As the world undergoes incredible challenges in the midst of COVID-19, Sarah Matossian, art department head and instructor at Little Flower Academy in Vancouver, has risen to the occasion and found success encouraging her students to create physical art, as she continues to provide a project-based curriculum for her students.

Instead of digital art assignments, she had students create hands-on art projects in their own spaces at home and document them online.

Little Flower Academy was faced with the shutdown in late March, just as students were about to return after spring break. The school quickly transitioned to teaching on Zoom and through the school website.

“Overnight, our world has been forced to depend on screens even more than usual,” Matossian said in August. “This is the reality that’s out there, and I didn’t want to just be swept away in that thunderous current. My students were already overwhelmed by social media and screen time for so many hours of the day before the pandemic, and I was seeing the negative effects of this then. So I asked myself, how can I help my students look beyond the screen? How can I guide them to continue to interact with the physical world and to be creative without becoming even more dependent on screens?”

While planning her curriculum, Matossian’s goal was to engage her students without completely depending on a screen.

“This has been wonderful. It is so critical for our mental health, as well as our physical and emotional well being to keep being creative during challenging times. In addition to painting, sculpting and drawing, it’s quite remarkable how many of my students have been choosing to return to pastimes of old, such as embroidery and crochet. They have been re-purposing and redesigning clothing and sneakers, embroidering atop old photographs, and enjoying the slow and careful process of these ‘old-fashioned’ creative methods. They’ve been telling me how it’s been so enjoyable for them and how much better they feel when they engage in this process.”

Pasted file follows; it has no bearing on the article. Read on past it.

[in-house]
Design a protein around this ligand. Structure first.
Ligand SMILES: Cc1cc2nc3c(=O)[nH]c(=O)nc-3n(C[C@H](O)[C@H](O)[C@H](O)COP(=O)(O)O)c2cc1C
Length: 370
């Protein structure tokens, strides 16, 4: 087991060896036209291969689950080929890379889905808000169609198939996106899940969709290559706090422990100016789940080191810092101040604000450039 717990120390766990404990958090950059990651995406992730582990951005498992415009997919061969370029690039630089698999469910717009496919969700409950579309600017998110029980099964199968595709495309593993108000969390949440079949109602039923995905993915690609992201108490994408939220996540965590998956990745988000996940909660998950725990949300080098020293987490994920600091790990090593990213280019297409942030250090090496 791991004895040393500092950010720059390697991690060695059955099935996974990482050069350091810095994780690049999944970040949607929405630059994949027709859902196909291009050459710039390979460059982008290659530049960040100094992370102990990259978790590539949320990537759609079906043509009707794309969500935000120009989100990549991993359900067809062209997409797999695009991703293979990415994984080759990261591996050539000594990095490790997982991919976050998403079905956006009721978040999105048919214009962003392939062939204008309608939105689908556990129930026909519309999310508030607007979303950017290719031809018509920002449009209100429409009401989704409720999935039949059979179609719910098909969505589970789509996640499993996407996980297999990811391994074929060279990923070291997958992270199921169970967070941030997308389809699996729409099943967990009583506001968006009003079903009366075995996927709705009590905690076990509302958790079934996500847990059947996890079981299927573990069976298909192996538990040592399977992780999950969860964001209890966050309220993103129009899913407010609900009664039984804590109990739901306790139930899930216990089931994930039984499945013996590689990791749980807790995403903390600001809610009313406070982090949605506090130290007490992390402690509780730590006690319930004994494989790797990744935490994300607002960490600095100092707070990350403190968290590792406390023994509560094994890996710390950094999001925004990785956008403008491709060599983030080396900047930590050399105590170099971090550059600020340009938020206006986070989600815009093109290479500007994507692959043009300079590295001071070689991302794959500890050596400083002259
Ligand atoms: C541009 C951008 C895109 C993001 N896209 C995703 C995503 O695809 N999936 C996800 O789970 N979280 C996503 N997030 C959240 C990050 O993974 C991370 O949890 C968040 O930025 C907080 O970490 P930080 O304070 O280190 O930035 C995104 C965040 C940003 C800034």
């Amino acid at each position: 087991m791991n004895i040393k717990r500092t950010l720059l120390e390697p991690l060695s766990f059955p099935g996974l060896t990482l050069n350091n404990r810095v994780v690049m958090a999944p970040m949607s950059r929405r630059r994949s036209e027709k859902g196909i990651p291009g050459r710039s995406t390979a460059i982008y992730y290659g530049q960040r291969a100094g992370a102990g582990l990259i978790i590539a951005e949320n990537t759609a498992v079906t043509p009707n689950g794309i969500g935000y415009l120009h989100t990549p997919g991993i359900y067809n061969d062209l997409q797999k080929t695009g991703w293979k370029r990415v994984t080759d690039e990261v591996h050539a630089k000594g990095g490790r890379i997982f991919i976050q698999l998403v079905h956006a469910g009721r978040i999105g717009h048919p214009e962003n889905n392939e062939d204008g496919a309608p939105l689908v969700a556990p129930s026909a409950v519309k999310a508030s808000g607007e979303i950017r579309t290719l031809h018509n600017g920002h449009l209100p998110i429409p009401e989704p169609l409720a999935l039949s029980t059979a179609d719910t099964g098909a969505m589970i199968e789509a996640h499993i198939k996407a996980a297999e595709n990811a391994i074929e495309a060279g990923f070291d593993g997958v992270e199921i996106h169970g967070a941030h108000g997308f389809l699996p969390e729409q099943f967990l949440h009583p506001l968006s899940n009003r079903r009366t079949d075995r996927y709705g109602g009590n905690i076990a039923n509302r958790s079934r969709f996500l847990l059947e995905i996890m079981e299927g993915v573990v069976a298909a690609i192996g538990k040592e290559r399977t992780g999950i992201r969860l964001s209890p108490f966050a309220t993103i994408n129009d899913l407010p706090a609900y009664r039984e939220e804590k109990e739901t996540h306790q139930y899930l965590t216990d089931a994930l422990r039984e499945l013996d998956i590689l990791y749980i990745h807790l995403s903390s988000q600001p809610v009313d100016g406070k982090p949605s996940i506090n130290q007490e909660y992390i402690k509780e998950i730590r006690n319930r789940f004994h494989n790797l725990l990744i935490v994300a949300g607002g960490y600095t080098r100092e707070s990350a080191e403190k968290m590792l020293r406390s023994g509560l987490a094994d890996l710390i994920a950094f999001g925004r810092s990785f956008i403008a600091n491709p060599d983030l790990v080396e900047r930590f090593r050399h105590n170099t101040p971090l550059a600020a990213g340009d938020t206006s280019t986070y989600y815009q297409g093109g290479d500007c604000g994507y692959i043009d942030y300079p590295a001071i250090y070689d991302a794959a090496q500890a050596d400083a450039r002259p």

“Since we can’t meet as a physical community, the presentation of art is where I decided to make our biggest pivot,” Matossian said. “We showcase projects through photography and video, and also share during our Zoom classes.”

Prior to the start of the pandemic, Matossian’s art students exhibited their projects during their annual art show for friends, family and community members.

Additionally, the halls of Little Flower Academy rival art galleries in Vancouver with more than 700 art pieces on display, which according to Matossian “help our student artists feel a sense of pride and bring colour and life to each hallway of our school.”

Matossian said she and her students often visit Ronald McDonald House to do face painting and lead crafts for children who are undergoing treatment at B.C. Children’s Hospital next door.

“It’s a special way to give back to our community and try to spread joy during difficult times. Art brings us together in such a meaningful way. Over the years, when a few of our students and staff faced life-threatening health concerns, such as cancer, having my students make artist trading cards for them was a way to share encouragement and messages of hope.”

Matossian began her relationship with the Fashion Institute of Design and Merchandising when she invited the institute to share classroom workshops at Little Flower Academy. Her classes enjoy watching the DEBUT Runway Show and learning about creative careers. 

Inspired by institute, Matossian led her students in classroom projects such as unconventional material dresses on mannequins, creating shoe sculptures, fashion drawings, and jewelry design, to name a few. Matossian also believes her students who attended the institute’s 3 Days of Fashion Summer Program had their eyes opened to the possibilities of a career in creative fields.

“They have returned excited and feeling more empowered about pursuing their creative passions,” said Matossian.

Article courtesy of FIDM. Reprinted with permission.